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The Art of Song

SCHUBERT & SCHUBERTIADES, Le Salon de Musiques, February 8, 2015 

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In only 16 years of actual composing, Franz Schubert created more than a thousand works of music. It’s an astonishing feat and his output has continued to influence every generation of musicians that followed him. Yet, despite this amazing achievement, Schubert’s life in his home town played out as a woeful tune, full of melancholy and misery. Haydn, Mozart, Beethoven and other composers enjoyed the patronage of aristocrats and royalty in their adopted city of Vienna. Schubert, who was born there in 1797, could only rely on the support of his friends; when money was scarce, they paid for his wine and gave him a few florins to buy tobacco for his pipe. His mother and schoolteacher father were barely able to care for their eleven children only four of whom survived past infancy. Franz was taught piano and violin at home, clearly showing a spark of talent. After excelling in the church choir, he won a scholarship to Vienna’s Imperial College at age eleven where he was tutored by Antonio Salieri.

During the next five years, the short, homely, stammering, near-sighted Franz wrote music at an unbelievably fast rate: five symphonies, six operas and about 300 songs. He would write another 300 songs (lieder) and hundreds more works–symphonies, sonatas, duets, trios, quartets, overtures, fantasias – before his always poor health began to fail. In March, 1828, Schubert held a public concert of his music in Vienna. It was profitable for him but, with his usual bad luck, not a single critic showed up. Typhoid and syphilis ended his life a few months later, in November; he was only 31 years old. He was buried near the grave of Beethoven, his idol. Another century elapsed before scholars began to search old trunks and dusty attics where they discovered some of Schubert’s missing symphonies and other major compositions.

The same fate did not obscure Schubert’s lieder and the song cycles. Musicologist Julius Reder Carlson, in his introduction to the February 8th Le Salon de Musiques concert, explained “German songs were essential to Schubert’s life; he made his living by writing them and selling the sheet music. He was pretty successful and widely known for the songs but rarely so for his symphonic works.” German lieder has its roots in the folk songs of medieval troubadours, in poems celebrating nature and love. Schubert was inspired by Goethe’s “Faust”, which he read when he was 17. That led to his first lyrical masterpiece, “Gretchen am Spinnrade”, Gretchen at the Spinning Wheel. Instead of merely accompanying the singer, Schubert’s piano became an equal partner and musically “illustrated” the words. A young girl spinning yarn speaks of her absent boyfriend; the more she remembers the touch of his hand and his kiss, the faster she spins: “My poor head is in a whirl, my poor wits distracted”. The piano music grows more frantic as the girl pays less attention to her work. When the wheel crashes to the floor, the music comes to an immediate stop. Another famous song is “Die Forelle”, The Trout. A fisherman can’t quite catch a frisky trout (i.e., girlfriend ) because the clear water in the lake twinkles in the sunlight. The piano music imitates the darting of the clever fish until the man loses patience and muddies the water. Soon enough, “the rod jerked and the little fish was writhing on it; my blood was stirred as I beheld the victim of deceit.” (For the record, Goethe was not amused when Schubert scored music to his words. He felt the songs interfered with the poetry.)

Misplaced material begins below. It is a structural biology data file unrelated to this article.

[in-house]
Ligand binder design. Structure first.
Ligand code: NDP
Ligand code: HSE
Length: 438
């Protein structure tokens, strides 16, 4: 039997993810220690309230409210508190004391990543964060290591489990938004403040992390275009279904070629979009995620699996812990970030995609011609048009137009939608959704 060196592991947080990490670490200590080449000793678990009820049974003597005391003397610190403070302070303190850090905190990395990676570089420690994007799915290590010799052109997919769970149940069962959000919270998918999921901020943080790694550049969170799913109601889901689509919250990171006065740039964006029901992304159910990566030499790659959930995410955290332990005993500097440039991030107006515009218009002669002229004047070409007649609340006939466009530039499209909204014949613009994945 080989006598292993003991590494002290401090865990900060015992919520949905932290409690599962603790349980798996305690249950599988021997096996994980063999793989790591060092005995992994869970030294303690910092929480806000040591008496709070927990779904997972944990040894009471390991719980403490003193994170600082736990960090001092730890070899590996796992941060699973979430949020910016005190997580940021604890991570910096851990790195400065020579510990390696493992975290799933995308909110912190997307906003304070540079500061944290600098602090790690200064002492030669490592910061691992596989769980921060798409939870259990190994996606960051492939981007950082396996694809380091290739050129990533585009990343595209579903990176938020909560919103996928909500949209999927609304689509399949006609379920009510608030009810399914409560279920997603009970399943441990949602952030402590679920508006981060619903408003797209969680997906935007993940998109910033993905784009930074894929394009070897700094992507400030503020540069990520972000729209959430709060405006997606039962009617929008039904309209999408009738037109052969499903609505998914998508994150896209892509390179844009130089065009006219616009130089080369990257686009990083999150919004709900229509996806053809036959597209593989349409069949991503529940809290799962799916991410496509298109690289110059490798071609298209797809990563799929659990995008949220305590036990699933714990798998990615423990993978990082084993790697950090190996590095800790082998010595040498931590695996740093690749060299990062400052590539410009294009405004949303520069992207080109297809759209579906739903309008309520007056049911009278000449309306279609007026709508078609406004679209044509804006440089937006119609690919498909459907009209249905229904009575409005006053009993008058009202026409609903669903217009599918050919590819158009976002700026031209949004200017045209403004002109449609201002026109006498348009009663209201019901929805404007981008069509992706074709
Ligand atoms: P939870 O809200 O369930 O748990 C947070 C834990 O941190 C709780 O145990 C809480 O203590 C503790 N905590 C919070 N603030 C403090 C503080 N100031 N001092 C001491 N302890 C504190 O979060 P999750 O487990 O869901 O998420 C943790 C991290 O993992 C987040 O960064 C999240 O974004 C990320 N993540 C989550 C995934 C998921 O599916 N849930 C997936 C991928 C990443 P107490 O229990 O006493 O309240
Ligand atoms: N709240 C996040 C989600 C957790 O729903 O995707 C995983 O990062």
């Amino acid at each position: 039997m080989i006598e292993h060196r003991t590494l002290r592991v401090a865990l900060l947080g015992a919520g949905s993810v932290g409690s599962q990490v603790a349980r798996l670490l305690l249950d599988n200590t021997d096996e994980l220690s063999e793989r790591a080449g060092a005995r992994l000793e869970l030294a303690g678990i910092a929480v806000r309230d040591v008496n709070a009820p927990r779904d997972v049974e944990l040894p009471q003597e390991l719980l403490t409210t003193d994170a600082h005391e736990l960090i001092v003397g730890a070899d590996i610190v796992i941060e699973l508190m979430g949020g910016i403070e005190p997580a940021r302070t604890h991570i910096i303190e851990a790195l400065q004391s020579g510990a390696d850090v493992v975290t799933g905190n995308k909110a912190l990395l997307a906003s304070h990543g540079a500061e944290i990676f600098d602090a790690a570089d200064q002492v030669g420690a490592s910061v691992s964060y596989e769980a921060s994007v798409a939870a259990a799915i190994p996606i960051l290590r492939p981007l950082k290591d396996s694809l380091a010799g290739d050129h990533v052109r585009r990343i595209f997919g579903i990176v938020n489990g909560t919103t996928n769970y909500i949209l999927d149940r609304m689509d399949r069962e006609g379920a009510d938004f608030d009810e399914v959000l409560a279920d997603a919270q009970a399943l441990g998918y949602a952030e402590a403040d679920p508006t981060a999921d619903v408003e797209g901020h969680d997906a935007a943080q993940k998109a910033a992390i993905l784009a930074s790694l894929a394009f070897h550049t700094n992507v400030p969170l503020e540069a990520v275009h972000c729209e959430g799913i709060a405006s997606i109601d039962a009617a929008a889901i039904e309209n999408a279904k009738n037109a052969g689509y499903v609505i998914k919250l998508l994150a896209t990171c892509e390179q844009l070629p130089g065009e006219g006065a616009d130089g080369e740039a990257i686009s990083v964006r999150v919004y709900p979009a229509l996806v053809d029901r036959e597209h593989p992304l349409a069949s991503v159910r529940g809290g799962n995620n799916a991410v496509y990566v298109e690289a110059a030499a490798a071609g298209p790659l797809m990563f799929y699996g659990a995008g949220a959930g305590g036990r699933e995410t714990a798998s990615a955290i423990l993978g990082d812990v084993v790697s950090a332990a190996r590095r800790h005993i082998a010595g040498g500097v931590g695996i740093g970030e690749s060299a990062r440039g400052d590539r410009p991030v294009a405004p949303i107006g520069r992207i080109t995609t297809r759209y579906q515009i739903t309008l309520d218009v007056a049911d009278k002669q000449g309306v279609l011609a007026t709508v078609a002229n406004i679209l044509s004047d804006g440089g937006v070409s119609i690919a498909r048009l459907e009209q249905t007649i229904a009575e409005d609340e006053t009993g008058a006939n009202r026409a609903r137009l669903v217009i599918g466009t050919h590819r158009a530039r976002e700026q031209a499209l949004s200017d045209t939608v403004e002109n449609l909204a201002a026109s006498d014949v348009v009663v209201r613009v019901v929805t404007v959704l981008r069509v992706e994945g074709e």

We were lucky at Le Salon to hear these two songs, along with five others, performed by a youthful, experienced baritone, David Castillo, who currently performs with the L. A. Opera as well as the Master Chorale. His eye contact with the audience was effective on “Des Fischers Liebesgluck”, The Fisherman’s Bliss, another melancholy love song about a couple drifting in a boat on a lake. The woman seated next to me at this concert recently heard Castillo sing at the Steinway showroom in Pasadena; she was deeply impressed by his performance of another Schubert masterpiece—”Winterreise”, a song cycle to poems by Wilhelm Muller.

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The founder and artistic director of Le Salon, Francois Chouchan, was very busy at this concert. After his opening remarks—“Schubert is the most impressive of composers; it is more than just music, it is a spirit!”—he accompanied Mr. Castillo with the lieder. He is an excellent, sensitive pianist and was especially supportive on the harmonies of “Am Meer”, By the Sea, a sad song. On “Auf dem Wasser zu singen”, To be sung on the Water, Chouchan’s playing of Schubert’s chords seemed to cradle the words as they were sung. (In the Q. & A. session that followed this concert, someone asked why a baritone would be singing one or two of these songs that were clearly written from the point of view of a woman. Couchan’s answer was: “It’s so beautiful… why not?”)